Many reports have recently surfaced of teachers who have been bullying students. In South Carolina alone, there are allegations that a Charleston County School District high school teacher bullied a student to the point of attempting suicide*. Not far from Charleston, in Horry County, there are accusations that a special education teacher has been hitting an autistic student and putting soap in the child's mouth**. These reports are not limited to South Carolina but are popping up in Florida, California, and Connecticut as well.
Bullying in schools, while not a new subject, is now more frequently twisted to where the teacher is the one doing the bullying. The incidents above represent only two of the many reports that have come out since this school year has begun.
In doing some independent research, one eyewitness came forward, expressing the horrifying scene of a Title 1 elementary school teacher physically causing harm to a student. The student, a 4th grader, allegedly had his legs pulled upward by the teacher causing him to fall backwards off of a bench. The fall resulted in the student hitting his head on the concrete ground. According to sources, the teacher at fault took no accountability for her actions. The school nurse wrote a note to the student's parents placing the blame on the student for his own injury. The eyewitness, also a teacher at the same school, attempted to confront the tenured teacher only to end up being let go from her position while the tenured teacher remained without reprimand.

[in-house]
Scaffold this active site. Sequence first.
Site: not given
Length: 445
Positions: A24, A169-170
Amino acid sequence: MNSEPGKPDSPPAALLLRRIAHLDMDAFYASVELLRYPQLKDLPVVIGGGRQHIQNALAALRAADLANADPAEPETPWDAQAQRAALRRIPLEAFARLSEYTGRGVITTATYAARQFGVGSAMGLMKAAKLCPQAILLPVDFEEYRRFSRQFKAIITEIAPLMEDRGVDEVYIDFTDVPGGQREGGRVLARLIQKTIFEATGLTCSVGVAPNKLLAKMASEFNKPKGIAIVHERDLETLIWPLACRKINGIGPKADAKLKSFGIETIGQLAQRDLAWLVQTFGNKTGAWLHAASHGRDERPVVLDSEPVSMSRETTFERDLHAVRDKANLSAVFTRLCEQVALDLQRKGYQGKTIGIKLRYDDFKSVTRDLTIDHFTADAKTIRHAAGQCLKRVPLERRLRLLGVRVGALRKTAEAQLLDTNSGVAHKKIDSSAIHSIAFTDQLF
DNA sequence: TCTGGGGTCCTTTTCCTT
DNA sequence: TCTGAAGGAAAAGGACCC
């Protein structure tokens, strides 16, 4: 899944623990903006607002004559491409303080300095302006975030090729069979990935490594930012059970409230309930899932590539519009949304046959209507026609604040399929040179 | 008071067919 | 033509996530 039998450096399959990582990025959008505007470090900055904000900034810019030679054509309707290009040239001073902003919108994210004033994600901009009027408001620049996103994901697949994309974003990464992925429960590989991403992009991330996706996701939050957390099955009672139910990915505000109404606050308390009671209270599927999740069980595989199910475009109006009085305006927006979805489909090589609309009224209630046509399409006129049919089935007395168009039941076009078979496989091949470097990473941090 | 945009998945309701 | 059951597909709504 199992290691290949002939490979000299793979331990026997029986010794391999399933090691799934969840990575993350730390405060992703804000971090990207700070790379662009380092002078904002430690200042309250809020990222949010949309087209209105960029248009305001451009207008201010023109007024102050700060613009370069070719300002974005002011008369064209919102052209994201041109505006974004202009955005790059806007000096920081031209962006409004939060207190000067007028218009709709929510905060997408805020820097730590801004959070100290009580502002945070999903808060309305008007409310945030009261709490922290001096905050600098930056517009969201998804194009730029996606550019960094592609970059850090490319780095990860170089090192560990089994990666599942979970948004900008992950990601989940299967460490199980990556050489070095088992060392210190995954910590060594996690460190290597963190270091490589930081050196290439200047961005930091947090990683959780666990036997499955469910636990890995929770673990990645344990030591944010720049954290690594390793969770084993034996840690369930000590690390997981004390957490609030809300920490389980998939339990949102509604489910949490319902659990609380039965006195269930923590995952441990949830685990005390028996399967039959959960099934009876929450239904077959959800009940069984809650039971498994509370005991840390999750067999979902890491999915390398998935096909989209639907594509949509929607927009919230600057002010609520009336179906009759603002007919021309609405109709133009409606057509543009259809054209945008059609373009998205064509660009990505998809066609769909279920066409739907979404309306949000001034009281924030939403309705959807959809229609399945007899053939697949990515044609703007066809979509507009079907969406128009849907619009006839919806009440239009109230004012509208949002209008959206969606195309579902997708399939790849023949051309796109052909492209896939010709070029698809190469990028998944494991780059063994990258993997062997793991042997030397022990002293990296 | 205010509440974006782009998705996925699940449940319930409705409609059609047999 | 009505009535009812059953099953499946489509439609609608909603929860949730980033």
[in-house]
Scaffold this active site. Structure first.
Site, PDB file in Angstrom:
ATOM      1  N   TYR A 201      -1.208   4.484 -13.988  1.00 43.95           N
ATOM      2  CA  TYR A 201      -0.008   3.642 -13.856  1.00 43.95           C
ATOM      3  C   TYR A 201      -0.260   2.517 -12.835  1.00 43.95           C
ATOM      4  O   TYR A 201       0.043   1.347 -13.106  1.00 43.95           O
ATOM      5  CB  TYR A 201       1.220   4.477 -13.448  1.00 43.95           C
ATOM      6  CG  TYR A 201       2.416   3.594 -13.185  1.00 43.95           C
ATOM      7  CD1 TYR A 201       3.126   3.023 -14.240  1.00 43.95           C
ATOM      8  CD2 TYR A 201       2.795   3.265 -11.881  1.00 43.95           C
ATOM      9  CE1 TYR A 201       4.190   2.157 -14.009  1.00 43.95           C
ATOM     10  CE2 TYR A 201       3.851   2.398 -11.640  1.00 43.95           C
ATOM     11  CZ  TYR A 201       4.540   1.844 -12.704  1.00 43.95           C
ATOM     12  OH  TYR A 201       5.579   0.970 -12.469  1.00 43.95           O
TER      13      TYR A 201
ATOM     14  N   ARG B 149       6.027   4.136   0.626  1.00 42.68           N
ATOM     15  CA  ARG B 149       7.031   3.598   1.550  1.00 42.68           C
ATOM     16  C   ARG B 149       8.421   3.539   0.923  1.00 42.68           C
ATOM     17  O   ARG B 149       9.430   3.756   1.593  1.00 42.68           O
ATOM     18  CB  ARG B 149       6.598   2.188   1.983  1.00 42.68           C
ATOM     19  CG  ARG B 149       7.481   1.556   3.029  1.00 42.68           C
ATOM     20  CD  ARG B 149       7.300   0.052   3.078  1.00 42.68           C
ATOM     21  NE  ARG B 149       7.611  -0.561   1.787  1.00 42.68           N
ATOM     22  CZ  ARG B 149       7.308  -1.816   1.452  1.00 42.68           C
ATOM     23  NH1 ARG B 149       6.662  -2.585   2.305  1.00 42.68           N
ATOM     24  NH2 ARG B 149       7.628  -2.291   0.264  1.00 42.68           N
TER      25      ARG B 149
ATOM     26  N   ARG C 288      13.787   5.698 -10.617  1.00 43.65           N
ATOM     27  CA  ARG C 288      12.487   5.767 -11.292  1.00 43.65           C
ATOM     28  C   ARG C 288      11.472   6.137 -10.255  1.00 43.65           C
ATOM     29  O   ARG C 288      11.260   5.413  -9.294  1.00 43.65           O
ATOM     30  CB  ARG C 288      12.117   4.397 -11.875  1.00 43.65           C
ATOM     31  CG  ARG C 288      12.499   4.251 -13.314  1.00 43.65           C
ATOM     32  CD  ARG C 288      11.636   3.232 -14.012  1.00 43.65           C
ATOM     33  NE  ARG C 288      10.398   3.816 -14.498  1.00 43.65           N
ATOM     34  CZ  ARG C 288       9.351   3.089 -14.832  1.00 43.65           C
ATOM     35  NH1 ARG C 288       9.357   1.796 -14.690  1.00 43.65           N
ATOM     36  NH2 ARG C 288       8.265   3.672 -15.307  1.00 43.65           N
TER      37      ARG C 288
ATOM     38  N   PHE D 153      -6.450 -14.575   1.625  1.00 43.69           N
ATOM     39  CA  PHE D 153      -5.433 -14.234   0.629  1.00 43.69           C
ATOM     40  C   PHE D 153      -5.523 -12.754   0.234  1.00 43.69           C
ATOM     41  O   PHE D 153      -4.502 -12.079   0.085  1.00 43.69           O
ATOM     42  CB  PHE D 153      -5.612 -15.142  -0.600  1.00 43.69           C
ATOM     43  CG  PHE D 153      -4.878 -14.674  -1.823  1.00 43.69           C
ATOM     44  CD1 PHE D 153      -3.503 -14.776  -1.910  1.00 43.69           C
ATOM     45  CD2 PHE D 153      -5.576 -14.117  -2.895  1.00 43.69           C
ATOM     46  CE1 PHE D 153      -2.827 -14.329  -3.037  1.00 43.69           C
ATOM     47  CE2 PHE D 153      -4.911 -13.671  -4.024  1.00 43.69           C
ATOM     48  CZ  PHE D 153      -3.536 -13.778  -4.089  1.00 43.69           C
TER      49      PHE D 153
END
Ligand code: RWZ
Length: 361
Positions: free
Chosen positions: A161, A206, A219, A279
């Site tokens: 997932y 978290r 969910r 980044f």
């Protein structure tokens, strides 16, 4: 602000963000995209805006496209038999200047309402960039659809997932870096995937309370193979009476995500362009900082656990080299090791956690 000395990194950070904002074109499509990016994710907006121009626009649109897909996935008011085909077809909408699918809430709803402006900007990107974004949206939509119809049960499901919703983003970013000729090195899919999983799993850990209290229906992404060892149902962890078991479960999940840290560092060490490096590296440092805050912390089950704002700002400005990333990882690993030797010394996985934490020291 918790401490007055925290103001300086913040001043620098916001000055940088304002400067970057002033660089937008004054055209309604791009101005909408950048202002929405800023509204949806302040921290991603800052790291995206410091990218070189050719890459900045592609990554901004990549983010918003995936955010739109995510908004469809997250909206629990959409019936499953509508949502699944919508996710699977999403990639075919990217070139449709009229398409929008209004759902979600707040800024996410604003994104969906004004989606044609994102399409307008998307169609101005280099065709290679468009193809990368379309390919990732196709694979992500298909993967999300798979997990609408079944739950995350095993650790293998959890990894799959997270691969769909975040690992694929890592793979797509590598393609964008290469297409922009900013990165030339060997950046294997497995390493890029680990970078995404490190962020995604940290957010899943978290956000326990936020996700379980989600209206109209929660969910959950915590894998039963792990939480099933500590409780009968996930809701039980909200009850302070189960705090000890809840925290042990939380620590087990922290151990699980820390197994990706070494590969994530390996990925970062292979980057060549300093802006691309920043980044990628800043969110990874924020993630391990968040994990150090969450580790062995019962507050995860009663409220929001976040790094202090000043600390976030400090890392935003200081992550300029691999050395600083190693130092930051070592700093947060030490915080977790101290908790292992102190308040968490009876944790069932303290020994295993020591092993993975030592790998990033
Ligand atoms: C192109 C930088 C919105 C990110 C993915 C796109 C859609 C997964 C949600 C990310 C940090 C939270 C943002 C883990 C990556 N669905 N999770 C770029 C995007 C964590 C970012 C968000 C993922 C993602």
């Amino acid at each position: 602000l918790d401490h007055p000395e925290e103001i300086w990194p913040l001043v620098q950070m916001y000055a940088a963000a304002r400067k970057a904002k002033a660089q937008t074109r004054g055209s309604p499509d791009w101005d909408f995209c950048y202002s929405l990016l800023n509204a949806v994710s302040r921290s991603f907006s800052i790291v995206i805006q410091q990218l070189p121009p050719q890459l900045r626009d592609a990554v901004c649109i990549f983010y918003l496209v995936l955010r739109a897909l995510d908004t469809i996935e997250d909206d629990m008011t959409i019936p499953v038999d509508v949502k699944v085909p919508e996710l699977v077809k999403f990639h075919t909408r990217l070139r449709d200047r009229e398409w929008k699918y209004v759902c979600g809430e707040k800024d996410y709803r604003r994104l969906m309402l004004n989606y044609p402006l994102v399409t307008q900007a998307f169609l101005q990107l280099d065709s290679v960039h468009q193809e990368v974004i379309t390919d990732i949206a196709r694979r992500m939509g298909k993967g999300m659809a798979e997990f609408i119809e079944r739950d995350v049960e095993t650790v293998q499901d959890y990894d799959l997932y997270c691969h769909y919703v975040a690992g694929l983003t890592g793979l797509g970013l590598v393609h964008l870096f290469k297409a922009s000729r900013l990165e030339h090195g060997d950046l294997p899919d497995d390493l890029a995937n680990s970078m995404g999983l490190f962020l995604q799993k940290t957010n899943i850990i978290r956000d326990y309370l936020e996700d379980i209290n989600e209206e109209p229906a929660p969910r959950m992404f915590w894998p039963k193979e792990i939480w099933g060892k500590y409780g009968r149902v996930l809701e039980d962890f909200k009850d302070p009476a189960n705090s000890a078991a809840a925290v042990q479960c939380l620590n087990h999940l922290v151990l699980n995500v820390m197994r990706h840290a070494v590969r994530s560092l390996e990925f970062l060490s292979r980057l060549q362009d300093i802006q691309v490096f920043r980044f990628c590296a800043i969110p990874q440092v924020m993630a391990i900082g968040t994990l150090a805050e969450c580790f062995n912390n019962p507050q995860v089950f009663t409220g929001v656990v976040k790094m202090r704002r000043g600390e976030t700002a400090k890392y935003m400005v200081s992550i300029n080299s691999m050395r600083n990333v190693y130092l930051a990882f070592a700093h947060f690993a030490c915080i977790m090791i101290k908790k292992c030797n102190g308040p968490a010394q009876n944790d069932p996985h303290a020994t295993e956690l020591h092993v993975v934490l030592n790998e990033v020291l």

While we have some outstanding educators in our schools, the system is also plagued with those individuals who should be dealt with firmly and not allowed to hide behind administration or the honor of tenure. Bullying is no longer student against student. It is time that these adult bullies are found accountable for their actions along with any administrators who chose to look the other way.
Schools need to stand behind their promise of being a safe place for our children to learn in.